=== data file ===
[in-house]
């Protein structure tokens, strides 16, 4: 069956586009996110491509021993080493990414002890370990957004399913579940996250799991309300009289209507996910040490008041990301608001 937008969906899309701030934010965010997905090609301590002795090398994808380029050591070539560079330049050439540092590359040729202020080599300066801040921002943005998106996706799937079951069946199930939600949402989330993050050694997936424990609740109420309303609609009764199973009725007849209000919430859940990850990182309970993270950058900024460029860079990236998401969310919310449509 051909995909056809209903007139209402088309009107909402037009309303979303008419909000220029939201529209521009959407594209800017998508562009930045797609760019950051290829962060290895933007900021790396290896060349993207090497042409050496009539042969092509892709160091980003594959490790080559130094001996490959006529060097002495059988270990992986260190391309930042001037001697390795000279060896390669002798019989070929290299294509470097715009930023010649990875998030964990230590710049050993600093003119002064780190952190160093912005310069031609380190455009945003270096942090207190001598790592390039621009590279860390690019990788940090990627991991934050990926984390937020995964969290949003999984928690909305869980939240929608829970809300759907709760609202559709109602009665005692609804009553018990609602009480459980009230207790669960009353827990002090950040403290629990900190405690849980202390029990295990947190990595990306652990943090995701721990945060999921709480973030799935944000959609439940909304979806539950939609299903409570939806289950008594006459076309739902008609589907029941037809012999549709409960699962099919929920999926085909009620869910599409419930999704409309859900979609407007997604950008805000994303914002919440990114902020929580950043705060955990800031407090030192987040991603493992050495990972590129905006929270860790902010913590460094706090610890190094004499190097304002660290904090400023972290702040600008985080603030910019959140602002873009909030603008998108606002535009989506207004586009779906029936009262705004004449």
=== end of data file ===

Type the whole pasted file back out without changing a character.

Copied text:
[in-house]
């Protein structure tokens, strides 16, 4: 069956586009996110491509021993080493990414002890370990957004399913579940996250799991309300009289209507996910040490008041990301608001 937008969906899309701030934010965010997905090609301590002795090398994808380029050591070539560079330049050439540092590359040729202020080599300066801040921002943005998106996706799937079951069946199930939600949402989330993050050694997936424990609740109420309303609609009764199973009725007849209000919430859940990850990182309970993270950058900024460029860079990236998401969310919310449509 051909995909056809209903007139209402088309009107909402037009309303979303008419909000220029939201529209521009959407594209800017998508562009930045797609760019950051290829962060290895933007900021790396290896060349993207090497042409050496009539042969092509892709160091980003594959490790080559130094001996490959006529060097002495059988270990992986260190391309930042001037001697390795000279060896390669002798019989070929290299294509470097715009930023010649990875998030964990230590710049050993600093003119002064780190952190160093912005310069031609380190455009945003270096942090207190001598790592390039621009590279860390690019990788940090990627991991934050990926984390937020995964969290949003999984928690909305869980939240929608829970809300759907709760609202559709109602009665005692609804009553018990609602009480459980009230207790669960009353827990002090950040403290629990900190405690849980202390029990295990947190990595990306652990943090995701721990945060999921709480973030799935944000959609439940909304979806539950939609299903409570939806289950008594006459076309739902008609589907029941037809012999549709409960699962099919929920999926085909009620869910599409419930999704409309859900979609407007997604950008805000994303914002919440990114902020929580950043705060955990800031407090030192987040991603493992050495990972590129905006929270860790902010913590460094706090610890190094004499190097304002660290904090400023972290702040600008985080603030910019959140602002873009909030603008998108606002535009989506207004586009779906029936009262705004004449």